treated as the problem. Treating the Public Service as the problem,
excluded the main source of information about how to make reform successful.
Why did this happen? The 'reform' process was (probably)
confused by reform theories developed by Peter Wilenski [TGGIQ
p6]. He had argued (based on problems experienced by the Whitlam Government in
the 1970s) that overcoming bureaucratic resistance to change was the major
problem in reform. This was a narrow / erroneous view because (a) similar
problems were experienced with similar 1970s reforms in the USA, despite a
politically appointed bureaucracy; (b) blaming the bureaucracy merely made
them into scapegoats for far more complex constraints - which could thus not
- implementation of 'reform' was entrusted to politically-well-connected
persons, who had:
- studied government, but who lacked deep knowledge / experience of what
government had to do. Thus in practice 'reform' was based on a poor
understanding of government's complex, rapidly changing tasks;
- limited knowledge of corporate management. Thus methods were used
which were well out-of-date (eg strategic planning by 'planners' had
lost favour when strategy became really important to business around
1980 - see Craig J., Strategy
Development in Business and Government, 1997);
- those political appointees enforced a misguided agenda for Public
Service 're-engineering', whose goal was to make government
business-like - using corporate management methods (and later market tools).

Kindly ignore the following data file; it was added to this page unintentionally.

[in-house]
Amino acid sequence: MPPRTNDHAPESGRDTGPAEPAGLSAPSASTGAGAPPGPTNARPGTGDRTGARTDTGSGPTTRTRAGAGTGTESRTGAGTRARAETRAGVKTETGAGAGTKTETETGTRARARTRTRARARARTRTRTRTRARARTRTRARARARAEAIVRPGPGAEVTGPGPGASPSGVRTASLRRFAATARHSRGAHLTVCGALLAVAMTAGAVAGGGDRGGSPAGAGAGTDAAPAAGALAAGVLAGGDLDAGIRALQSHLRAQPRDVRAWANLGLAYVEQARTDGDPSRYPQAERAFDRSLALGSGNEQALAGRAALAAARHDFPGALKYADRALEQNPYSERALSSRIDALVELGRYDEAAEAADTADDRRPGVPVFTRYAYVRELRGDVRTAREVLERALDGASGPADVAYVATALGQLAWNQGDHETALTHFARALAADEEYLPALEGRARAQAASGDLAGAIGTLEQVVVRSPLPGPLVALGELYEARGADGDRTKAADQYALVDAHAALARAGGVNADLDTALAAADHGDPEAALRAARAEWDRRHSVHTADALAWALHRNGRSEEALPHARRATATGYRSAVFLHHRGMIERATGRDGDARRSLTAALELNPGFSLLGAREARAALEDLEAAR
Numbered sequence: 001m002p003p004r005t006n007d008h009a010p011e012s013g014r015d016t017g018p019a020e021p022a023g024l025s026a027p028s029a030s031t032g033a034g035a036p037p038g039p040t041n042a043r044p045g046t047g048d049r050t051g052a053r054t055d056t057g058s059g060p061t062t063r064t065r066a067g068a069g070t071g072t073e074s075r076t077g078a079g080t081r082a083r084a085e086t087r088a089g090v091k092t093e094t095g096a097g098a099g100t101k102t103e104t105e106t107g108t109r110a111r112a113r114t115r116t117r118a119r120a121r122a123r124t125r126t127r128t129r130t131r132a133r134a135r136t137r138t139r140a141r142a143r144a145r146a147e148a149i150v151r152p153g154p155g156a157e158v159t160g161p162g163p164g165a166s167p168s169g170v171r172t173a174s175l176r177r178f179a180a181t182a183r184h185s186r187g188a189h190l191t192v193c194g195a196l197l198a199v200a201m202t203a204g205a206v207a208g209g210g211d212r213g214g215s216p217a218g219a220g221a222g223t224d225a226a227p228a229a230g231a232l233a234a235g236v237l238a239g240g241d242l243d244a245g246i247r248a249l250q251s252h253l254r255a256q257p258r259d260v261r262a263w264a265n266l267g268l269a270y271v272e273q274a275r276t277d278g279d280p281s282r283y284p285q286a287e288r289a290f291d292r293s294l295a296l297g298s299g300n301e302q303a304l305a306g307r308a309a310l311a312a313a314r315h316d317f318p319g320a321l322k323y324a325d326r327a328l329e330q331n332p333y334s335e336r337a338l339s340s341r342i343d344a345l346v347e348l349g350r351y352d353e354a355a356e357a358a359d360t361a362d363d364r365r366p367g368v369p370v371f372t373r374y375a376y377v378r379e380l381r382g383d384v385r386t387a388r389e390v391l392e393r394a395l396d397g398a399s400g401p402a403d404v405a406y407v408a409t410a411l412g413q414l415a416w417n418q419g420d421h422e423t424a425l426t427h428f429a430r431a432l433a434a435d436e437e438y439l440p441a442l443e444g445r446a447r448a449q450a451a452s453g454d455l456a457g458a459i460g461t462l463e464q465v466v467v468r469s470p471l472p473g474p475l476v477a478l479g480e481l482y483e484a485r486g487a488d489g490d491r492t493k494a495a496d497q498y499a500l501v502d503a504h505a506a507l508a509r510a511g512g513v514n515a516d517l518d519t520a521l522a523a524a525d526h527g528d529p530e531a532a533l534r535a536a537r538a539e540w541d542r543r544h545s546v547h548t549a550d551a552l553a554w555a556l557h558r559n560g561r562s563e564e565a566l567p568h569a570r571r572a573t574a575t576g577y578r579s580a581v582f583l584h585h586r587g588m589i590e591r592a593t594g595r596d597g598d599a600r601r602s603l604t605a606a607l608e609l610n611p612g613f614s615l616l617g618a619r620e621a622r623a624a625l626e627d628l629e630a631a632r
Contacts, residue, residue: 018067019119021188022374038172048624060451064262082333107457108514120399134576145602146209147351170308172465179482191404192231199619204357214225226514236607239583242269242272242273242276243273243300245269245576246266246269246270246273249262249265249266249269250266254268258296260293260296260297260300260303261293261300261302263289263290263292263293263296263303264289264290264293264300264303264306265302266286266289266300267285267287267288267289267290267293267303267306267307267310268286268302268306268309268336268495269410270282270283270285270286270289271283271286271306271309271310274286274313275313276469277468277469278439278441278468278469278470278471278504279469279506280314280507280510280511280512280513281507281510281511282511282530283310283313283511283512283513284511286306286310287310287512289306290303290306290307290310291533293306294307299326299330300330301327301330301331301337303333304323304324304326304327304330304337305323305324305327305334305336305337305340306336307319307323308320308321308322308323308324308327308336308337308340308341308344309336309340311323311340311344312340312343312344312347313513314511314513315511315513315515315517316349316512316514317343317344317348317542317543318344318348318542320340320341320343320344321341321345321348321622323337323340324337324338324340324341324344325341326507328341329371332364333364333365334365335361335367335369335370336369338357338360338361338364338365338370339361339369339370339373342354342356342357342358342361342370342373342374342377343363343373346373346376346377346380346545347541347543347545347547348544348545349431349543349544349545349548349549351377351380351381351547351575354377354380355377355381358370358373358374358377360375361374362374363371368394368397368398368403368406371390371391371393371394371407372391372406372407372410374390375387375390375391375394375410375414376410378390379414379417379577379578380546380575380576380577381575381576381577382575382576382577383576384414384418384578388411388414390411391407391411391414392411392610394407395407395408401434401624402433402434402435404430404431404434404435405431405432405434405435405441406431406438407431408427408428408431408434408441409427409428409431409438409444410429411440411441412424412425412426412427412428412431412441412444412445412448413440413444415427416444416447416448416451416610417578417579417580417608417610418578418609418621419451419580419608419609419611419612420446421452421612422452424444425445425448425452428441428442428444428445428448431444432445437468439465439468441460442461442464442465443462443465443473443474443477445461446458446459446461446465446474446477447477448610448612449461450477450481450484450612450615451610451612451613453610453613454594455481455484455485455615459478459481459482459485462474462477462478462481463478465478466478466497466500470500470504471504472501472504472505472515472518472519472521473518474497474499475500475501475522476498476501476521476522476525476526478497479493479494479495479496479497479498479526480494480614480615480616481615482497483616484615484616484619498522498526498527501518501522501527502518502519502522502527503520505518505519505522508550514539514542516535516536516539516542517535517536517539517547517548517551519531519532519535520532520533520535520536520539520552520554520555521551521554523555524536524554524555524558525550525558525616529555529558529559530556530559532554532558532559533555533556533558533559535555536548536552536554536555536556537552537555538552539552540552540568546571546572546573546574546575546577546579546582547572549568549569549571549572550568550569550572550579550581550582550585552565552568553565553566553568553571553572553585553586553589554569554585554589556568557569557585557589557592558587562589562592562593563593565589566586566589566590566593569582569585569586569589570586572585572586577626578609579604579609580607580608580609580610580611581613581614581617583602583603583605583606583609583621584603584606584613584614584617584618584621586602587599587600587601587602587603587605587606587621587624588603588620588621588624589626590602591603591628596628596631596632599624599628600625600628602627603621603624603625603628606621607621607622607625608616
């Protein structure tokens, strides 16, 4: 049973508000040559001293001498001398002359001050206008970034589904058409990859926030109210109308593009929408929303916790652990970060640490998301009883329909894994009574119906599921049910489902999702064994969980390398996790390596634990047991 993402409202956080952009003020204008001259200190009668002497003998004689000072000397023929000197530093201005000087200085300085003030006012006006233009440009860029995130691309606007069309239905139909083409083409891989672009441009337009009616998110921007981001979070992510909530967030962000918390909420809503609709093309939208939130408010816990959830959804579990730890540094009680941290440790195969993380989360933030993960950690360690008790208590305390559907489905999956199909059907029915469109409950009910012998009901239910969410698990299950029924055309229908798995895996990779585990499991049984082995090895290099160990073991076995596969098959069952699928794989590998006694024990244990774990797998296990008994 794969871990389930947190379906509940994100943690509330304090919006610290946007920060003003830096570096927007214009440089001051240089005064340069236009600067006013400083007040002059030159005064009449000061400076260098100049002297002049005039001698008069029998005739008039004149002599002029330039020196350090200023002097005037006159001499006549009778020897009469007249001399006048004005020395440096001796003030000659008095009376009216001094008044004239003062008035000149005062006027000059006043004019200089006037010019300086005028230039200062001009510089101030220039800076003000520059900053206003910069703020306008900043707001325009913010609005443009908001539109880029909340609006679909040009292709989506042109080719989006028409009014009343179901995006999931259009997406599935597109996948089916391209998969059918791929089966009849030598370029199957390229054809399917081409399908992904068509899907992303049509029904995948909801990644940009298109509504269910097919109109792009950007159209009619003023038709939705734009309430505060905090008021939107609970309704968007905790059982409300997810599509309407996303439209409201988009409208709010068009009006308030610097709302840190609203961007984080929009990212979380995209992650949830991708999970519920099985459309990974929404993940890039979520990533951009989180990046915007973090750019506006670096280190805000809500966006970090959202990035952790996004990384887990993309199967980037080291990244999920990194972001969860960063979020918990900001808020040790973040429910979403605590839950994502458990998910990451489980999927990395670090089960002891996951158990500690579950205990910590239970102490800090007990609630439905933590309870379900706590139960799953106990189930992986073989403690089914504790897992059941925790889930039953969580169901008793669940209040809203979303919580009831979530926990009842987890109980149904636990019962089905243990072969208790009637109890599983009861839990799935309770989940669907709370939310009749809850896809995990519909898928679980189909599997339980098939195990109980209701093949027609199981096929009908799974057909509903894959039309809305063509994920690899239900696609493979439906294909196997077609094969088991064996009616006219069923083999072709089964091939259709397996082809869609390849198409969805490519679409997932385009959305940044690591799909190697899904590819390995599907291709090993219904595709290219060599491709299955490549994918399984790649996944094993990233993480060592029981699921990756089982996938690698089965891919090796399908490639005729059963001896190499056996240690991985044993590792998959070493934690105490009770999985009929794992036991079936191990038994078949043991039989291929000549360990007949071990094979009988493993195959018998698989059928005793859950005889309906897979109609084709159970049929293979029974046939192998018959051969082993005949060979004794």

This seemed different to government policies, and was misguided because:
- the 'managerialist' assumption, that management is a generalist activity
which requires little subject understanding, is typically false in both
business and government, eg consider Note 2 on this letter.
- government's functions are not like those of business. Business's
products are (tangible and intangible) 'things' which can be treated
separately, and traded in a market. Government's core products are a
framework for community economic and social transactions, and also goods
and services that involve market failures, eg those with large
externalities which can not properly be treated as separate 'things'.
- the attempt to make government 'business-like' was to achieve economic
goals (eg to get more value for money; lower infrastructure costs). What
was forgotten was that the pressure for Public Sector efficiency arose
from a deficiency in the productive capabilities of the economy. Thus what
was even more important was to develop those productive capabilities. This
was seriously impeded by the attempt to 're-engineer' government. Through
ignorance, much of the existing skill base was eliminated.
- many government functions were commercialized. However government
businesses are intrinsically limited in their ability to contribute to
economic productivity due to their political accountability (which reduces
customer responsiveness), and will thus (when competition really is